But Screen and FilmFare were old-fashioned style celebrity media. They tended to tow the line, they would print stories that the celebrities wanted to come out, to support the idea of Film as a noble respectable profession in which people were “just like us” but also slightly better. To the point that both publications founded award shows.
Again, I have to go back to Hollywood for comparison. The Academy Awards were founded in an effort to stem a massive PR problem. Word was beginning to leak out that movie stars in Hollywood weren’t actual the perfect virtuous wonderful people that their carefully constructed images drew them as. And so there had to be a sudden change of course, instead of film stars being “hardworking decent folk just like us”, they needed to be presented as Artists-with-a-capital-A. Something slightly different, with different rules. Thus, the Academy Awards. A big fancy show that would be broadcast on the radio and shown in newsreels and teach people to see film actors as “special”.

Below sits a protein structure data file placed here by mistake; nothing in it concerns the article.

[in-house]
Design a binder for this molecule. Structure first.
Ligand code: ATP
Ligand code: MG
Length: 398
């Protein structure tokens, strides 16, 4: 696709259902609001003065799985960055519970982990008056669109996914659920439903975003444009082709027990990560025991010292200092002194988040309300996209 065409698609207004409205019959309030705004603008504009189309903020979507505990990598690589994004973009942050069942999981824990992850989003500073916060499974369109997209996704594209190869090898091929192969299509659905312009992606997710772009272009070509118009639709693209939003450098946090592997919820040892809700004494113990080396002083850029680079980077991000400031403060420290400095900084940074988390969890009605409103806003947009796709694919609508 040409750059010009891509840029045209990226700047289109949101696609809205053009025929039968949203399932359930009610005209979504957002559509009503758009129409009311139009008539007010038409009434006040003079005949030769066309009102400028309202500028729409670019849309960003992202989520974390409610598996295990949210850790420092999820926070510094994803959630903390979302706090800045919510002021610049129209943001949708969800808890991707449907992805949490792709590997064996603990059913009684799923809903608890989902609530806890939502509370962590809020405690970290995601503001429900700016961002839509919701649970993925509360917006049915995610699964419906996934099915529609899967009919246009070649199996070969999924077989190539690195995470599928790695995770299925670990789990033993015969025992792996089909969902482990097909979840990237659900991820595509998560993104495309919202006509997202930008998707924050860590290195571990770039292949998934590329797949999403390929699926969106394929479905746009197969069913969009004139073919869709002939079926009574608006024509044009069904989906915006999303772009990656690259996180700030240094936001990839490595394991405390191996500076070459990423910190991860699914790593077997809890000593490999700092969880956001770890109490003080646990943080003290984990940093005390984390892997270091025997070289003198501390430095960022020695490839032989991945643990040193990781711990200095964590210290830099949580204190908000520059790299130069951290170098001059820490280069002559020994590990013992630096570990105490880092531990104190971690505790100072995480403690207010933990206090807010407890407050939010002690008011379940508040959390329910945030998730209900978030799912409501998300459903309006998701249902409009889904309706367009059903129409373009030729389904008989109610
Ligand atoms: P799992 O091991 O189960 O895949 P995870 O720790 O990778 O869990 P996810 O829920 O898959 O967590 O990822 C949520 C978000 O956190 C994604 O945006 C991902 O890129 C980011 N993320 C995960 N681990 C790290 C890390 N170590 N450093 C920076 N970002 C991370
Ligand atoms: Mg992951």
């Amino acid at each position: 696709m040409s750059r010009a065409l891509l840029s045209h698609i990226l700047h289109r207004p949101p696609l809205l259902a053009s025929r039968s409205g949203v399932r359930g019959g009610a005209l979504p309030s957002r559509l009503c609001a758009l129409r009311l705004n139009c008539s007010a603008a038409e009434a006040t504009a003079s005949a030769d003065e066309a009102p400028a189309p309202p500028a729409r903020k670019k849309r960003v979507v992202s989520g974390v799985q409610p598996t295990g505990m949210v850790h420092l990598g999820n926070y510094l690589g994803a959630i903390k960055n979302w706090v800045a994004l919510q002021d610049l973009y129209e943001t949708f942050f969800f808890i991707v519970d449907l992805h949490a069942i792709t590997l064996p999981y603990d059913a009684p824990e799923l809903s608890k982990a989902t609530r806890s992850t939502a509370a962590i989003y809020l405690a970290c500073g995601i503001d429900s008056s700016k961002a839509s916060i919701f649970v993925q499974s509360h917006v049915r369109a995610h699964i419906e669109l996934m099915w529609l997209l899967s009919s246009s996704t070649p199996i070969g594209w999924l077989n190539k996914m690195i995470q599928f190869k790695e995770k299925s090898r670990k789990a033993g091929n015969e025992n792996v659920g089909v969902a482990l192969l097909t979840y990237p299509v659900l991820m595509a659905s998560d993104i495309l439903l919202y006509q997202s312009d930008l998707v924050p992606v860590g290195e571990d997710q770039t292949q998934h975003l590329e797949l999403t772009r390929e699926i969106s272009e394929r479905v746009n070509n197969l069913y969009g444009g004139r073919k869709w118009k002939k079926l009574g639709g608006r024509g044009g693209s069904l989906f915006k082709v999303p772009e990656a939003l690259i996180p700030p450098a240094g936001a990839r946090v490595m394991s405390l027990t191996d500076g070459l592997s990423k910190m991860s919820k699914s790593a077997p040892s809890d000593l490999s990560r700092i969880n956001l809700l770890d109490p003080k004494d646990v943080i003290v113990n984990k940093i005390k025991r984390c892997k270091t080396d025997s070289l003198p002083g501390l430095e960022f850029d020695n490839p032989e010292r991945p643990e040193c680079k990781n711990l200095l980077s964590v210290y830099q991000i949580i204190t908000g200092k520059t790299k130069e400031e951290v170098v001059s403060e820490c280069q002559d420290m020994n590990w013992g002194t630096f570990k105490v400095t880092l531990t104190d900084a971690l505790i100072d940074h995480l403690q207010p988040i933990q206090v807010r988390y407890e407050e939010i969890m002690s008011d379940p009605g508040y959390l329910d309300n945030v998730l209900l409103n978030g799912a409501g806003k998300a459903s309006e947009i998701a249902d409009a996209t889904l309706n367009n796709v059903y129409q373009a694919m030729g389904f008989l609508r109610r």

And in India, the media did this work for them. Rather than trying to dig up dirt and make the stars more human, they put in an effort to make them less human, more “special”. Which, yes, makes sense. You don’t buy FilmFare because you want to read about people just like you, you know people like you, you buy it because you want to read about people who are different than you. And so it is in FilmFare‘s interest to convince you that these people are different than you, better than you.